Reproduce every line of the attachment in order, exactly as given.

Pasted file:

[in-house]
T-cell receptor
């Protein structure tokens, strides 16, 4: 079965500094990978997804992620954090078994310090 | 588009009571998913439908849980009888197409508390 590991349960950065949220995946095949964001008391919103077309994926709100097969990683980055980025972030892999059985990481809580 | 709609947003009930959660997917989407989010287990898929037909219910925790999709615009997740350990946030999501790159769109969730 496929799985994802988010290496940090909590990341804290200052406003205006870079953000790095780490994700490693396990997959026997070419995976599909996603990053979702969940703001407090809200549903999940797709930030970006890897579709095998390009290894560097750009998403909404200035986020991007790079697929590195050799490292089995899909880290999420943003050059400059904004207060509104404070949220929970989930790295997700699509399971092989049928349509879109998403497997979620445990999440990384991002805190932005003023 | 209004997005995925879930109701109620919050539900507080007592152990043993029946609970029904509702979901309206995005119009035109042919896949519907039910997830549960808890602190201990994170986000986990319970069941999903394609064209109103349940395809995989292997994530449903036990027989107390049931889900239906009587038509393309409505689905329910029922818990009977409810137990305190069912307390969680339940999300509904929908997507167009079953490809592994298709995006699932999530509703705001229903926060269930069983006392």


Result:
[in-house]
T-cell receptor
């Protein structure tokens, strides 16, 4: 079965500094990978997804992620954090078994310090 | 588009009571998913439908849980009888197409508390 590991349960950065949220995946095949964001008391919103077309994926709100097969990683980055980025972030892999059985990481809580 | 709609947003009930959660997917989407989010287990898929037909219910925790999709615009997740350990946030999501790159769109969730 496929799985994802988010290496940090909590990341804290200052406003205006870079953000790095780490994700490693396990997959026997070419995976599909996603990053979702969940703001407090809200549903999940797709930030970006890897579709095998390009290894560097750009998403909404200035986020991007790079697929590195050799490292089995899909880290999420943003050059400059904004207060509104404070949220929970989930790295997700699509399971092989049928349509879109998403497997979620445990999440990384991002805190932005003023 | 209004997005995925879930109701109620919050539900507080007592152990043993029946609970029904509702979901309206995005119009035109042919896949519907039910997830549960808890602190201990994170986000986990319970069941999903394609064209109103349940395809995989292997994530449903036990027989107390049931889900239906009587038509393309409505689905329910029922818990009977409810137990305190069912307390969680339940999300509904929908997507167009079953490809592994298709995006699932999530509703705001229903926060269930069983006392």